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Atmospheric Chemistry and Physics An interactive open-access journal of the European Geosciences Union
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Volume 14, issue 19
Atmos. Chem. Phys., 14, 10823–10843, 2014
© Author(s) 2014. This work is distributed under
the Creative Commons Attribution 3.0 License.
Atmos. Chem. Phys., 14, 10823–10843, 2014
© Author(s) 2014. This work is distributed under
the Creative Commons Attribution 3.0 License.

Research article 15 Oct 2014

Research article | 15 Oct 2014

The link between atmospheric radicals and newly formed particles at a spruce forest site in Germany

B. Bonn1,*, E. Bourtsoukidis1,2, T. S. Sun1,2, H. Bingemer1, L. Rondo1, U. Javed2, J. Li2, R. Axinte2, X. Li3, T. Brauers3, H. Sonderfeld4,**, R. Koppmann4, A. Sogachev5, S. Jacobi6, and D. V. Spracklen7 B. Bonn et al.
  • 1Institute for Atmospheric and Environmental Sciences, Goethe University, Frankfurt, Germany
  • 2Air Chemistry Department, Max-Planck-Institute for Chemistry, Mainz, Germany
  • 3Institute for Energy and Climate Research, IEK-8, Research Center, Jülich, Germany
  • 4Physics Department, University of Wuppertal, Wuppertal, Germany
  • 5Wind Energy Department, Technical University of Denmark, Roskilde, Denmark
  • 6Hessian Agency for the Environment and Geology, Wiesbaden, Germany
  • 7Institute for Climate and Atmospheric Science, School of Earth and Environment, University of Leeds, Leeds, UK
  • *now at: Institute for Advanced Sustainability Studies, Potsdam, Germany
  • **now at: Atmospheric Chemistry Group, Department of Chemistry, University of Leicester, Leicester, UK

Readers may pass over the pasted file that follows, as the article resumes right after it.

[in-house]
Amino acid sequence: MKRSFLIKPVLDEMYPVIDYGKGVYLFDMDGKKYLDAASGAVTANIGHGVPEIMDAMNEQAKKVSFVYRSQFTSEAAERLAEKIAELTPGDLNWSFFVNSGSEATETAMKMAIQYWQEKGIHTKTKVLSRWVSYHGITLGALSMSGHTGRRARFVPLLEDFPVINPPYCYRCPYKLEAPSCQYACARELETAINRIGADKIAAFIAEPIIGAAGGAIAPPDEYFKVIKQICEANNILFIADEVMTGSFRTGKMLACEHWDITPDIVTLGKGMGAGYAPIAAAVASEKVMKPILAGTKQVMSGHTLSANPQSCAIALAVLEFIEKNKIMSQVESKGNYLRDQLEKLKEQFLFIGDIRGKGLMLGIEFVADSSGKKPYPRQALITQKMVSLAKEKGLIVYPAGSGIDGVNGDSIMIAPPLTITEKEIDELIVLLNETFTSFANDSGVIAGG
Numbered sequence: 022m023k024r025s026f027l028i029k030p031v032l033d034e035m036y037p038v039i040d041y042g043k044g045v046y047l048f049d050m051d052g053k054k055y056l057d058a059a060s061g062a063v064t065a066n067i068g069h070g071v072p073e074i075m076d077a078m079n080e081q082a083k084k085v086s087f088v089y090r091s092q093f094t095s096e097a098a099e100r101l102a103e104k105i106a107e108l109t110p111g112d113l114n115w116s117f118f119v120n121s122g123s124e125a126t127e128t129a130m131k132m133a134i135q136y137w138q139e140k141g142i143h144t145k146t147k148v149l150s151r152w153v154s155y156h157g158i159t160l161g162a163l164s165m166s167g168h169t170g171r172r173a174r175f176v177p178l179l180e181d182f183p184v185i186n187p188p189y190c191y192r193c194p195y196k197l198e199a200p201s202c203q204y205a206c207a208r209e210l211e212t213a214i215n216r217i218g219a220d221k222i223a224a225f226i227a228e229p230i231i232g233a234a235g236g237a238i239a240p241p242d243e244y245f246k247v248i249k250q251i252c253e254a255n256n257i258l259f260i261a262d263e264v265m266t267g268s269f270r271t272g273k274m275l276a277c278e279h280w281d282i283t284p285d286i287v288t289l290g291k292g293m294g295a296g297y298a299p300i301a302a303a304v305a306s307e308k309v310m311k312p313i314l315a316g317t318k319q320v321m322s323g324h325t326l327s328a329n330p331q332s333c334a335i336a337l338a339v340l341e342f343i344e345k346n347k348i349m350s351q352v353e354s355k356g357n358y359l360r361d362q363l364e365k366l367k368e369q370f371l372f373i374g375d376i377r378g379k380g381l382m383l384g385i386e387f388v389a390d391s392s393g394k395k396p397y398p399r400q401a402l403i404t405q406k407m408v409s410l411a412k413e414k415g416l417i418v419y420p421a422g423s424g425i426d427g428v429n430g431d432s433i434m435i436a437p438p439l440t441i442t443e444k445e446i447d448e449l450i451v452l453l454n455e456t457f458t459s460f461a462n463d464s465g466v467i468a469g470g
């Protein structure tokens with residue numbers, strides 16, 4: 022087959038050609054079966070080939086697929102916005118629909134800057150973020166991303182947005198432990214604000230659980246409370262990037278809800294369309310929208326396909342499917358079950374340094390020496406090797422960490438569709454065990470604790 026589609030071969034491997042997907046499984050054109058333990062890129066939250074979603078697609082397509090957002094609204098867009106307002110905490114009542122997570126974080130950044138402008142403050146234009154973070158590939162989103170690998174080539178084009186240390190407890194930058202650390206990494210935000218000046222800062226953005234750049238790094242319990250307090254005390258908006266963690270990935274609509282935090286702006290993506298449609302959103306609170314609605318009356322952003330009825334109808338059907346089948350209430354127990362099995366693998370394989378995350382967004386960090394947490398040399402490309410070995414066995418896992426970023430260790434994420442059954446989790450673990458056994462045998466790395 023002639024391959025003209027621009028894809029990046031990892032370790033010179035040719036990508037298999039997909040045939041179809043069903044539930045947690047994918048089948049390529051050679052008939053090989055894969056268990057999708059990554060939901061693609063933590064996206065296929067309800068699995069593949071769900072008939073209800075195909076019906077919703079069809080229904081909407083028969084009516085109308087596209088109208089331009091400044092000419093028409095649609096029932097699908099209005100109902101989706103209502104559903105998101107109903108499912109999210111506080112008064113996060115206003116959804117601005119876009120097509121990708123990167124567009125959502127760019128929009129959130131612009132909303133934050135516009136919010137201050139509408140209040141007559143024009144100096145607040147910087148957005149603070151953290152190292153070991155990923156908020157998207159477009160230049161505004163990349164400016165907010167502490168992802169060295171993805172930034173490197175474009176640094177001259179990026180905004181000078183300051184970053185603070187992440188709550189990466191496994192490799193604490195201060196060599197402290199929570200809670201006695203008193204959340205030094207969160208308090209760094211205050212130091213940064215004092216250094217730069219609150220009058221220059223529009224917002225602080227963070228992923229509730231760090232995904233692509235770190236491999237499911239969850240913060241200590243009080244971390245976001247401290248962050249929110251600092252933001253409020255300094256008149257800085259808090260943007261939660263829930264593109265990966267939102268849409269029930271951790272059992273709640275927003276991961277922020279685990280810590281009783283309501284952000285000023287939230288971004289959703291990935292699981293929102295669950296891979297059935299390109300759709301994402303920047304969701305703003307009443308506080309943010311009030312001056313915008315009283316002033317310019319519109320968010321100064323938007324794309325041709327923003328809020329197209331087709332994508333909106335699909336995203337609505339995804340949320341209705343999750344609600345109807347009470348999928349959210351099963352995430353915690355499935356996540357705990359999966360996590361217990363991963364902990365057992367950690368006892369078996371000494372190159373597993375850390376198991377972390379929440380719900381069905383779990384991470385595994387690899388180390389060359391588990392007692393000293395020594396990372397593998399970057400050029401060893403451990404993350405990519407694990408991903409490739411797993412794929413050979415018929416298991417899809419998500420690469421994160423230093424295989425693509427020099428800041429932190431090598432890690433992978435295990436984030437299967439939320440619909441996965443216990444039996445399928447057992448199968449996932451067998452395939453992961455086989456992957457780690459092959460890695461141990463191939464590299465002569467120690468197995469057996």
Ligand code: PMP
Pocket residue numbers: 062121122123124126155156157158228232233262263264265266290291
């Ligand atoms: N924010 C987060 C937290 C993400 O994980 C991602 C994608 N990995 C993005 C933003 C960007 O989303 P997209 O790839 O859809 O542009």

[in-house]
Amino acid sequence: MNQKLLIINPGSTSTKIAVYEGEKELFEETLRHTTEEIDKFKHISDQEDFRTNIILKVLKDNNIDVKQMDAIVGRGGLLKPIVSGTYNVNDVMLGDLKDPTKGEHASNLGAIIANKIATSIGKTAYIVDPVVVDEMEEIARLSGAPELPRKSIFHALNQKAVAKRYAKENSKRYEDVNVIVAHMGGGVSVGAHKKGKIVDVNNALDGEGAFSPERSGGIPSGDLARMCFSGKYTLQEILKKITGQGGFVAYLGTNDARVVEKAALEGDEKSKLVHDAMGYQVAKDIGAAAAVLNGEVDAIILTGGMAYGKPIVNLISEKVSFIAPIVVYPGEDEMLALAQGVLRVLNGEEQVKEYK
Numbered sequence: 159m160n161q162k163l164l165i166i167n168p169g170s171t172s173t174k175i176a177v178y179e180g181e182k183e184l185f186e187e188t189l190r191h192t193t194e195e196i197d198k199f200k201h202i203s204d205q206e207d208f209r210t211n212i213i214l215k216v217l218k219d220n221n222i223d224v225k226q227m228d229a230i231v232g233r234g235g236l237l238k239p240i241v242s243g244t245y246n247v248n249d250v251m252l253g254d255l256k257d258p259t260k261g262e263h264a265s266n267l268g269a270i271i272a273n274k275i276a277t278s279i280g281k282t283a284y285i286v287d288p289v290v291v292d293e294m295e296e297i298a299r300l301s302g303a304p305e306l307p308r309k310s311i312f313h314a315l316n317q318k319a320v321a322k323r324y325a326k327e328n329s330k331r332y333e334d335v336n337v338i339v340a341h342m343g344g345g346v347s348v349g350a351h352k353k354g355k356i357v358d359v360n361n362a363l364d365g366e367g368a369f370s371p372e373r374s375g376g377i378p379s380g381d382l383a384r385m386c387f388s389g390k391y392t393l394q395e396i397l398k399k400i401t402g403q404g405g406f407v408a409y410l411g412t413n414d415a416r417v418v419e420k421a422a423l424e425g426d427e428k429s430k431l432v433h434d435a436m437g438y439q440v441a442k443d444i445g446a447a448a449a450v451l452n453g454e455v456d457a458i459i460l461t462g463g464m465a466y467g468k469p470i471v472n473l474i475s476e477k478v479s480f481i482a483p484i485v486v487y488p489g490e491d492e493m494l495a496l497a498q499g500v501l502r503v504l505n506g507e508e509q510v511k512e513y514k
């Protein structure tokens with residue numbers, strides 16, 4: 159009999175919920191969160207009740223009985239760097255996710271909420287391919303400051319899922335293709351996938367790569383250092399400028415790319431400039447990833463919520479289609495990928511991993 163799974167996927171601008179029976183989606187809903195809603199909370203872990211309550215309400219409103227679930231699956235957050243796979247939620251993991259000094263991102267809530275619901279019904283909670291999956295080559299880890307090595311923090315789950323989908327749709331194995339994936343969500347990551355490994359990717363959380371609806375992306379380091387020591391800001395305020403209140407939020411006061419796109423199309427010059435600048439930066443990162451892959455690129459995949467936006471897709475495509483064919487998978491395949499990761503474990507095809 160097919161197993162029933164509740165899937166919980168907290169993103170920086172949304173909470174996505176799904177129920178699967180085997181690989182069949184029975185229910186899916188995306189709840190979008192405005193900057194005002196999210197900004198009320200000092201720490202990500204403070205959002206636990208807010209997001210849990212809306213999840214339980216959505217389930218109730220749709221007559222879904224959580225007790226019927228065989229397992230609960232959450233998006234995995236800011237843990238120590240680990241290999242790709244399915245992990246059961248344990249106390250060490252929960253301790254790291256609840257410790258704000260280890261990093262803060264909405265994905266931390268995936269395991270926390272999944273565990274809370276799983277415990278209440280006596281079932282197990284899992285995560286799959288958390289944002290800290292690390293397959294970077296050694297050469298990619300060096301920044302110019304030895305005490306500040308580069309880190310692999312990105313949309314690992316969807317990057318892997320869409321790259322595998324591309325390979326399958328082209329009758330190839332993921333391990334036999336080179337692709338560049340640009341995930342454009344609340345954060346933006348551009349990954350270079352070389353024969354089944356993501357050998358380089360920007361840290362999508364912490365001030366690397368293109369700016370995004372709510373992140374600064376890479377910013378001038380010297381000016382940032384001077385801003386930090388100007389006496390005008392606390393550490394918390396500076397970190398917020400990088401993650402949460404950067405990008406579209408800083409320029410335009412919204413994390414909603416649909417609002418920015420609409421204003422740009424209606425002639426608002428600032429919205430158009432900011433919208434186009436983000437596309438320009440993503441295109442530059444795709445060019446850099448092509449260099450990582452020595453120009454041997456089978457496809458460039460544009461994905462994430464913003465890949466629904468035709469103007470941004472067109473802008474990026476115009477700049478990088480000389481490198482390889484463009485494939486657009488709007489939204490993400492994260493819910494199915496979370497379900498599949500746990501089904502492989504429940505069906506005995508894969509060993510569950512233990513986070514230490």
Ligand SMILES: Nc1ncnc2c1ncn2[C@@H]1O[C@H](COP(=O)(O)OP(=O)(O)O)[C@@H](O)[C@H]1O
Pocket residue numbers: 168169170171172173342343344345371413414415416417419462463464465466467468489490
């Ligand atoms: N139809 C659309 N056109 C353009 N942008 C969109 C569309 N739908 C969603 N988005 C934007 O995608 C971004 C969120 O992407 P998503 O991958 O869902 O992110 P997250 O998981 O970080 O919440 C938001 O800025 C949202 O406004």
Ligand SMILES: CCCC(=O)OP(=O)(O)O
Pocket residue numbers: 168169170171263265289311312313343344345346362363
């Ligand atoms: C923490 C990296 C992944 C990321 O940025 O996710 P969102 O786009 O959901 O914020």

Abstract. It has been claimed for more than a century that atmospheric new particle formation is primarily influenced by the presence of sulfuric acid. However, the activation process of sulfuric acid related clusters into detectable particles is still an unresolved topic. In this study we focus on the PARADE campaign measurements conducted during August/September 2011 at Mt Kleiner Feldberg in central Germany. During this campaign a set of radicals, organic and inorganic compounds and oxidants and aerosol properties were measured or calculated. We compared a range of organic and inorganic nucleation theories, evaluating their ability to simulate measured particle formation rates at 3 nm in diameter (J3) for a variety of different conditions. Nucleation mechanisms involving only sulfuric acid tentatively captured the observed noon-time daily maximum in J3, but displayed an increasing difference to J3 measurements during the rest of the diurnal cycle. Including large organic radicals, i.e. organic peroxy radicals (RO2) deriving from monoterpenes and their oxidation products, in the nucleation mechanism improved the correlation between observed and simulated J3. This supports a recently proposed empirical relationship for new particle formation that has been used in global models. However, the best match between theory and measurements for the site of interest was found for an activation process based on large organic peroxy radicals and stabilised Criegee intermediates (sCI). This novel laboratory-derived algorithm simulated the daily pattern and intensity of J3 observed in the ambient data. In this algorithm organic derived radicals are involved in activation and growth and link the formation rate of smallest aerosol particles with OH during daytime and NO3 during night-time. Because the RO2 lifetime is controlled by HO2 and NO we conclude that peroxy radicals and NO seem to play an important role for ambient radical chemistry not only with respect to oxidation capacity but also for the activation process of new particle formation. This is supposed to have significant impact of atmospheric radical species on aerosol chemistry and should be taken into account when studying the impact of new particles in climate feedback cycles.

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